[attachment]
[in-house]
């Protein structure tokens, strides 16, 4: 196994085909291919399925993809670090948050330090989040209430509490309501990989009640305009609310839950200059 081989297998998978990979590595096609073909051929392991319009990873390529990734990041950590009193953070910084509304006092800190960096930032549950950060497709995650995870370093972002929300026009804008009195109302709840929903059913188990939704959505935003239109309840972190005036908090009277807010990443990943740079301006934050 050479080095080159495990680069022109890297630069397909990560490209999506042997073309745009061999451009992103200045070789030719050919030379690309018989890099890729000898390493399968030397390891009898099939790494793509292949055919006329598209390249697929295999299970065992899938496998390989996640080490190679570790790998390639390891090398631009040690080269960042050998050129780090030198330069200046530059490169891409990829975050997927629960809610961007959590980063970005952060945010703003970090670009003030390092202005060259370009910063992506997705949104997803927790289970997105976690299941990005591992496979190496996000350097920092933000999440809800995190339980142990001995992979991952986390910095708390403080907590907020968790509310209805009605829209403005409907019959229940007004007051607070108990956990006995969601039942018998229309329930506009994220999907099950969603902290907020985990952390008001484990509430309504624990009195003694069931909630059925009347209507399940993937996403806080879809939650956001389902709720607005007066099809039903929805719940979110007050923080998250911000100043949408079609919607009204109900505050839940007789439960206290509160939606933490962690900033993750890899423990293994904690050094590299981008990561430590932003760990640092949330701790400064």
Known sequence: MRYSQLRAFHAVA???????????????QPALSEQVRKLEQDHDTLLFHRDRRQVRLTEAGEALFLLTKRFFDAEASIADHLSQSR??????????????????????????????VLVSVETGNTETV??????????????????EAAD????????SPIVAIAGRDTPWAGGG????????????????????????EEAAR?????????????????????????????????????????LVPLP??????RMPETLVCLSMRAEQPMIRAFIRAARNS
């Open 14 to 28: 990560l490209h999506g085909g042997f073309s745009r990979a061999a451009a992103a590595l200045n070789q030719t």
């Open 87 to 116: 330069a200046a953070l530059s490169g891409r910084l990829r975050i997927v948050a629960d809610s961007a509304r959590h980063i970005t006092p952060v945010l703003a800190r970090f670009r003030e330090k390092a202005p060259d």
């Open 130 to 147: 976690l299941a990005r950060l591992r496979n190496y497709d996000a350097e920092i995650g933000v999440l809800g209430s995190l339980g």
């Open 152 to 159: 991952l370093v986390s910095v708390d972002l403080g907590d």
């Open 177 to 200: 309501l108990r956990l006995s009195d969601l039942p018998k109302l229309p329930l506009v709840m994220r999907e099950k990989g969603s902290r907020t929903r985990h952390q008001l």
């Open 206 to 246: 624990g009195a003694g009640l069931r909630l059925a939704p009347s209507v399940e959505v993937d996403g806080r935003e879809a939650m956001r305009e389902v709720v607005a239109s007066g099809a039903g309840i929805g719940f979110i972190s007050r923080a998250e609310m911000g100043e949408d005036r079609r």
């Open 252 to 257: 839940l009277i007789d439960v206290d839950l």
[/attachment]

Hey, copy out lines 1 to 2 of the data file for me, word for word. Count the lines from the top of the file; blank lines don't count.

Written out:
[in-house]
């Protein structure tokens, strides 16, 4: 196994085909291919399925993809670090948050330090989040209430509490309501990989009640305009609310839950200059 081989297998998978990979590595096609073909051929392991319009990873390529990734990041950590009193953070910084509304006092800190960096930032549950950060497709995650995870370093972002929300026009804008009195109302709840929903059913188990939704959505935003239109309840972190005036908090009277807010990443990943740079301006934050 050479080095080159495990680069022109890297630069397909990560490209999506042997073309745009061999451009992103200045070789030719050919030379690309018989890099890729000898390493399968030397390891009898099939790494793509292949055919006329598209390249697929295999299970065992899938496998390989996640080490190679570790790998390639390891090398631009040690080269960042050998050129780090030198330069200046530059490169891409990829975050997927629960809610961007959590980063970005952060945010703003970090670009003030390092202005060259370009910063992506997705949104997803927790289970997105976690299941990005591992496979190496996000350097920092933000999440809800995190339980142990001995992979991952986390910095708390403080907590907020968790509310209805009605829209403005409907019959229940007004007051607070108990956990006995969601039942018998229309329930506009994220999907099950969603902290907020985990952390008001484990509430309504624990009195003694069931909630059925009347209507399940993937996403806080879809939650956001389902709720607005007066099809039903929805719940979110007050923080998250911000100043949408079609919607009204109900505050839940007789439960206290509160939606933490962690900033993750890899423990293994904690050094590299981008990561430590932003760990640092949330701790400064």